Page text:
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Researchers discover that some frogs do belly flops

Most frogs land on their feet, but researchers have discovered some primitive species that flop on to their bellies, suggesting that frogs became proficient at jumping before they perfected landing.

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A man does an unwitting imitation of a primitive frog of the genus Leiopelmatidae, which never evolved the ability to consistently land on its feet.


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Frogs are often thought of as natural leapers, but new findings show primitive living frogs actually do belly flops.

This suggests frogs evolved jumping before they refined landing, researchers said.

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Frogs had generally been assumed to all jump in a similar manner — by rapidly extending their back legs as they launched themselves forward and rotating their limbs forward during flight so that they could land front legs first.

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However, no studies had analyzed the jumping behavior of the most primitive living frogs, part of a group dubbed Leiopelmatidae that possess ancient features such as more vertebrae. These are unique among frogs in using a trot-like swimming gait instead of extending and flexing their hind limbs together for a standard frog-kick swimming gait.

Scientists compared high-speed video footage of jumping behavior between three species of primitive frogs and two advanced ones. They typically enticed the frogs to jump by tapping right behind the animals.

Although launch movements were similar among the species, primitive frogs kept their back legs extended throughout flight and landing. As such, they often flopped onto their bellies instead of landing on their front legs.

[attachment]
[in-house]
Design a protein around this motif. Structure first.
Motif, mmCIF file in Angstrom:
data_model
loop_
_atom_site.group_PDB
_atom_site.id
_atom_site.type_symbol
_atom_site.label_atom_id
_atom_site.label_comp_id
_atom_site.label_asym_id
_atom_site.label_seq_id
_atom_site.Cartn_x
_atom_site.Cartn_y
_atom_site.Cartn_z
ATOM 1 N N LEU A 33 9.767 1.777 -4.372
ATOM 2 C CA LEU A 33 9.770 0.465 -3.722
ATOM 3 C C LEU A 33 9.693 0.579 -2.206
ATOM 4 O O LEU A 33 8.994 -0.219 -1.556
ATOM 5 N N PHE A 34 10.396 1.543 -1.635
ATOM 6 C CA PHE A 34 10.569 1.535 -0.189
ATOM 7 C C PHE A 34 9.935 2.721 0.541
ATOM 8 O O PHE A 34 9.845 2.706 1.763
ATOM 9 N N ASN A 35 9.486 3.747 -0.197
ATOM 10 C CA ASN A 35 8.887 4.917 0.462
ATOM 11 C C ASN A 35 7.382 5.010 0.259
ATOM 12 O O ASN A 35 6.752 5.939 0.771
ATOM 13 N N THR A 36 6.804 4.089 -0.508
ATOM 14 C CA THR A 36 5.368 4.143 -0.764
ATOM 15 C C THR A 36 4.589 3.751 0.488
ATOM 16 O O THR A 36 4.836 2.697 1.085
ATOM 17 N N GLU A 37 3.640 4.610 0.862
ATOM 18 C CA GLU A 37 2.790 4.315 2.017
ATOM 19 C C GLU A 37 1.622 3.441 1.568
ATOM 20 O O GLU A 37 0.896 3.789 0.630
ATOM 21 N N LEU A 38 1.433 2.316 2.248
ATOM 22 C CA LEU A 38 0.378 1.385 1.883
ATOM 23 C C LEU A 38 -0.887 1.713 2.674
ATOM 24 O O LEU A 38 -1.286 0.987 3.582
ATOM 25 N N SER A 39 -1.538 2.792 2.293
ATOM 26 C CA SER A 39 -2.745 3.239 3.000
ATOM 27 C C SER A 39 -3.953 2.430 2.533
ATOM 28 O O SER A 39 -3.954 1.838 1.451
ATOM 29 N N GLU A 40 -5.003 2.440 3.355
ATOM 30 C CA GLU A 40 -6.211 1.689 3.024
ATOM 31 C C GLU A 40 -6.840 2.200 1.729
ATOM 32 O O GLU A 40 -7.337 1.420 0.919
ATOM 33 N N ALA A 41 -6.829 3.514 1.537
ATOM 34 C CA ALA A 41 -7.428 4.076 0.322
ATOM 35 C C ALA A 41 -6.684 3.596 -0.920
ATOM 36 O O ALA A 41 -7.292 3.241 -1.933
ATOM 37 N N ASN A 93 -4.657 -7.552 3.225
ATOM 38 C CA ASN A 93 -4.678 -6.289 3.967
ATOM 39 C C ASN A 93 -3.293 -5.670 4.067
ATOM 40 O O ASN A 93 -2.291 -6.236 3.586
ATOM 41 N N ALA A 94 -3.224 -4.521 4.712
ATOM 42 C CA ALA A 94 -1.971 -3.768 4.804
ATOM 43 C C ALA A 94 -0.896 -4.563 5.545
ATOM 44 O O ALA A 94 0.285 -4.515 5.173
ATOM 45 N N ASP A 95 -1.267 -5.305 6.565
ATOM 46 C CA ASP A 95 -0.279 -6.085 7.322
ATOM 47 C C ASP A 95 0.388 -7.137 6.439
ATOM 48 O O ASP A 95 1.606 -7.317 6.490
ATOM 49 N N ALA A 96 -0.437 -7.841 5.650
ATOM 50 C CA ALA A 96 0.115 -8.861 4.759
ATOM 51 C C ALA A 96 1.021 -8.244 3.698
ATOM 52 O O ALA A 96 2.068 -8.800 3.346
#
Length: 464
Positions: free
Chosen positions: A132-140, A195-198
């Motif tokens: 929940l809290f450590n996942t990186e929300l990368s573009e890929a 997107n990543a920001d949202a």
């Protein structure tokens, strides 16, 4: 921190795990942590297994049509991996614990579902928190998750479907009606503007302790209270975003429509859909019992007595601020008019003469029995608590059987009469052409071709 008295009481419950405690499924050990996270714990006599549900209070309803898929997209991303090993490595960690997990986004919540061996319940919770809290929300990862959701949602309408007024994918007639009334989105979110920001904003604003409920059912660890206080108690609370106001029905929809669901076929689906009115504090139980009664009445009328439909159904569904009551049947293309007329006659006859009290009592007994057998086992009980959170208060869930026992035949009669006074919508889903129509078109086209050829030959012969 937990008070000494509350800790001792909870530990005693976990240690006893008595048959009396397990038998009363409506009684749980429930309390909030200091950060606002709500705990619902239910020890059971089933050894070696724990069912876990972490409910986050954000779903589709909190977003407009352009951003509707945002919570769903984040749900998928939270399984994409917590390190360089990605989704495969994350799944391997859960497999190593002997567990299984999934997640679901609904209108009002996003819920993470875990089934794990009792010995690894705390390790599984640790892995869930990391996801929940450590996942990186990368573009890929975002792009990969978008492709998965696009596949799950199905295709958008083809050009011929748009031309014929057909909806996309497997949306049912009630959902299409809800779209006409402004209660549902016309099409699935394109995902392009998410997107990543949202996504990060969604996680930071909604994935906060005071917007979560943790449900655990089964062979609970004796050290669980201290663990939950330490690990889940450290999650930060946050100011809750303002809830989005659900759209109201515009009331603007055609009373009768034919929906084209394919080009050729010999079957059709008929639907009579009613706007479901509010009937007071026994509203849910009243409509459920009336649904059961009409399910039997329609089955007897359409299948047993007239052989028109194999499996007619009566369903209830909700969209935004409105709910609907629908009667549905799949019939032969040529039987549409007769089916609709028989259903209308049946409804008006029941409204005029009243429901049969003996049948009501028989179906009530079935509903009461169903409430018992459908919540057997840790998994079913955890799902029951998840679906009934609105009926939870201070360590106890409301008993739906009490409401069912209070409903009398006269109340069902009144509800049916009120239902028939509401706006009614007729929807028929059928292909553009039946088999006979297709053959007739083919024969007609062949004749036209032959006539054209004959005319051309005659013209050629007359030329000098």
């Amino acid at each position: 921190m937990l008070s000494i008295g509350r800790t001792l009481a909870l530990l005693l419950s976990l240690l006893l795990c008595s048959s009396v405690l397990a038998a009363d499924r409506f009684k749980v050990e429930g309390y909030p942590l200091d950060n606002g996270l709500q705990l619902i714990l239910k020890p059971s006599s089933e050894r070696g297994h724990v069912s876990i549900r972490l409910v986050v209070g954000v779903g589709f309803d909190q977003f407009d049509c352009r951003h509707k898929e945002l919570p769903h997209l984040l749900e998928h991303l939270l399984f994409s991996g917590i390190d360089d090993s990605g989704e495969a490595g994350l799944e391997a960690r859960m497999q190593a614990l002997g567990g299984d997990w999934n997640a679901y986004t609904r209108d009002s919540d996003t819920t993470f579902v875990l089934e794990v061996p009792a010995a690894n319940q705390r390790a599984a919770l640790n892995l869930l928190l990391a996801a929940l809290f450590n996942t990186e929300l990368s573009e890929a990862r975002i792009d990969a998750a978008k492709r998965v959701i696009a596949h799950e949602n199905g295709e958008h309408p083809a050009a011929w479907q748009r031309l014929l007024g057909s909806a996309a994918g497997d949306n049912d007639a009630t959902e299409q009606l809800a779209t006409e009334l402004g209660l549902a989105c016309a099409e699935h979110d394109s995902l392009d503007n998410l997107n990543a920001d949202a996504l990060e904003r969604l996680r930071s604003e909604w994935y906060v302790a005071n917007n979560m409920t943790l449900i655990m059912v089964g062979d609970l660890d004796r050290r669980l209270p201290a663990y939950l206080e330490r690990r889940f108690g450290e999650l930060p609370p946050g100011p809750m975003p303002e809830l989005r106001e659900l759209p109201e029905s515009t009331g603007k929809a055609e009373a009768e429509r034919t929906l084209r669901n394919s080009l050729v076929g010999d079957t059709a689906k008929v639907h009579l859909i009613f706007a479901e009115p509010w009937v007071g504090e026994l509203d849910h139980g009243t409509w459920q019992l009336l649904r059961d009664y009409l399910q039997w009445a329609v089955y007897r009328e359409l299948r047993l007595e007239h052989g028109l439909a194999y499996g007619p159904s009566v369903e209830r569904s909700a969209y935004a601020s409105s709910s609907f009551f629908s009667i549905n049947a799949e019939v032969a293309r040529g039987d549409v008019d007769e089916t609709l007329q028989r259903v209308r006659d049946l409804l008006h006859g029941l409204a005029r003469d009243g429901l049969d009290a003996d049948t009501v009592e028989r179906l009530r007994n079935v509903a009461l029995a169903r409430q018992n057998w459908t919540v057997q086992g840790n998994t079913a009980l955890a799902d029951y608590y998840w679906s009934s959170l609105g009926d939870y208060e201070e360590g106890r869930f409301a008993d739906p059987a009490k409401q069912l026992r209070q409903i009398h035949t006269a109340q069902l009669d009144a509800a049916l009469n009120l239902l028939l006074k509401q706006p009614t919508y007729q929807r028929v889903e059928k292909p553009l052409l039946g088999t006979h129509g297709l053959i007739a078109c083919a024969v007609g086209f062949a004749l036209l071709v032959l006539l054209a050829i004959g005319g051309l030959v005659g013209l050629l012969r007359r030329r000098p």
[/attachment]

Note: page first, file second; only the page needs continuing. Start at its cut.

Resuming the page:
"The unusual landings were a surprise to me," researcher Richard Essner, a functional morphologist at Southern Illinois University in Edwardsville, told LiveScience. "Sometimes they landed feet first, but other times they landed nose first and skidded along the ground for a while."

These findings suggest frogs became proficient at jumping before they perfected landing. This inability of primitive frogs to rapidly rotate their limbs forward during flight might also explain why they swim differently than more advanced frogs. Unusual anatomical features that primitive frogs possess, such as large, shield-shaped pelvic cartilage and abdominal ribs, could help prevent damage to their internal soft tissues and organs during these uncontrolled landings.

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"Other frogs land ready to jump again, and these frogs don't," Essner said. "These primitive frogs split off from other frogs probably more than 200 million years ago, before Pangaea split apart and apparently before frogs really developed controlled landings."

As one might imagine, belly flops keep primitive frogs from quickly jumping again. The more graceful landings advanced frogs possess may have enabled them to travel farther and help in escaping predators and chasing after prey.

These findings are in line with notions that frogs first evolved jumping in riverside habitats. "When you're jumping into the water to escape predators, you don't really have to care about the quality of the landing, you just want to get into the water," Essner said.

Essner and his colleagues detailed their findings online July 13 in the journal Naturwissenschaften.

IN PICTURES: A world of frogs